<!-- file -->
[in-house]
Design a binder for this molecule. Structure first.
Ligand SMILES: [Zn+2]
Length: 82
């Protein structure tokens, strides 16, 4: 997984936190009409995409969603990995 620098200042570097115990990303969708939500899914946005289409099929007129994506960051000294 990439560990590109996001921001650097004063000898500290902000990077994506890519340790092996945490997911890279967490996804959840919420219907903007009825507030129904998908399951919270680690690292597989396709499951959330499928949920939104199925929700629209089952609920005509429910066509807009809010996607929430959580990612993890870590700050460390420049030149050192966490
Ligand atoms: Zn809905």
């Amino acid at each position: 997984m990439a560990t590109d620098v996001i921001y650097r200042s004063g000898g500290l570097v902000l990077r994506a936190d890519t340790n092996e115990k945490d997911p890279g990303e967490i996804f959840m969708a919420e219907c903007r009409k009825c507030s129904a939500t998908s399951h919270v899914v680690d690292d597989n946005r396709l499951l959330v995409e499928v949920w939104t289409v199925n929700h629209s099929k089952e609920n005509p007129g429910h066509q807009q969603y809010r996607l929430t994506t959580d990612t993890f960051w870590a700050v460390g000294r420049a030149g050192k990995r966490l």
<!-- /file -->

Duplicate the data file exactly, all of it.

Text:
[in-house]
Design a binder for this molecule. Structure first.
Ligand SMILES: [Zn+2]
Length: 82
């Protein structure tokens, strides 16, 4: 997984936190009409995409969603990995 620098200042570097115990990303969708939500899914946005289409099929007129994506960051000294 990439560990590109996001921001650097004063000898500290902000990077994506890519340790092996945490997911890279967490996804959840919420219907903007009825507030129904998908399951919270680690690292597989396709499951959330499928949920939104199925929700629209089952609920005509429910066509807009809010996607929430959580990612993890870590700050460390420049030149050192966490
Ligand atoms: Zn809905």
């Amino acid at each position: 997984m990439a560990t590109d620098v996001i921001y650097r200042s004063g000898g500290l570097v902000l990077r994506a936190d890519t340790n092996e115990k945490d997911p890279g990303e967490i996804f959840m969708a919420e219907c903007r009409k009825c507030s129904a939500t998908s399951h919270v899914v680690d690292d597989n946005r396709l499951l959330v995409e499928v949920w939104t289409v199925n929700h629209s099929k089952e609920n005509p007129g429910h066509q807009q969603y809010r996607l929430t994506t959580d990612t993890f960051w870590a700050v460390g000294r420049a030149g050192k990995r966490l």